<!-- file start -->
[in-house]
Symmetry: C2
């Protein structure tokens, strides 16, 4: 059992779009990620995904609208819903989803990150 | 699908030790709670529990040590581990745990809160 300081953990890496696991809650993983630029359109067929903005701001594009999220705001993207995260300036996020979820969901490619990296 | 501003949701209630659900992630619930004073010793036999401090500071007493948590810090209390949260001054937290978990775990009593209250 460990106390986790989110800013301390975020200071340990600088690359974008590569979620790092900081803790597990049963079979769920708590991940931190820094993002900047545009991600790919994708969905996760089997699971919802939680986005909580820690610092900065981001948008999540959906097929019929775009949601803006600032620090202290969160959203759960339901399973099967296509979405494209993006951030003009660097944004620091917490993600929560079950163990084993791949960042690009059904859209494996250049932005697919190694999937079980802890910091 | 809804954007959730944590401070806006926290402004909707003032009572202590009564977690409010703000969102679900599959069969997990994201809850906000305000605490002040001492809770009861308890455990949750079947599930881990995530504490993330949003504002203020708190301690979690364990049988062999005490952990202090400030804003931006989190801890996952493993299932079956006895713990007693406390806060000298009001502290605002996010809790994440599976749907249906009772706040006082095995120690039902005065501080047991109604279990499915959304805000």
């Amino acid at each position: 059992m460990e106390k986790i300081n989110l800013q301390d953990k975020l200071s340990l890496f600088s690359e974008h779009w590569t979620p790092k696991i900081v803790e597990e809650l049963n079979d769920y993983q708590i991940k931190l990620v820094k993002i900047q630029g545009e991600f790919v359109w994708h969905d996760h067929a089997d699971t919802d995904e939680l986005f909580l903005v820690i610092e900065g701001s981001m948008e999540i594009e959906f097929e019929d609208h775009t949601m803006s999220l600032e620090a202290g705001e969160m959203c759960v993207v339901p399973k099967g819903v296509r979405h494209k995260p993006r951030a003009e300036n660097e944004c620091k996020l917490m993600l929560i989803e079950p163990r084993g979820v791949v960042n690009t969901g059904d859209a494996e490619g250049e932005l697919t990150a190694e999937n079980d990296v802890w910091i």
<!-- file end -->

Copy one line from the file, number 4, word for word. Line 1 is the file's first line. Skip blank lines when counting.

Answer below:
């Amino acid at each position: 059992m460990e106390k986790i300081n989110l800013q301390d953990k975020l200071s340990l890496f600088s690359e974008h779009w590569t979620p790092k696991i900081v803790e597990e809650l049963n079979d769920y993983q708590i991940k931190l990620v820094k993002i900047q630029g545009e991600f790919v359109w994708h969905d996760h067929a089997d699971t919802d995904e939680l986005f909580l903005v820690i610092e900065g701001s981001m948008e999540i594009e959906f097929e019929d609208h775009t949601m803006s999220l600032e620090a202290g705001e969160m959203c759960v993207v339901p399973k099967g819903v296509r979405h494209k995260p993006r951030a003009e300036n660097e944004c620091k996020l917490m993600l929560i989803e079950p163990r084993g979820v791949v960042n690009t969901g059904d859209a494996e490619g250049e932005l697919t990150a190694e999937n079980d990296v802890w910091i």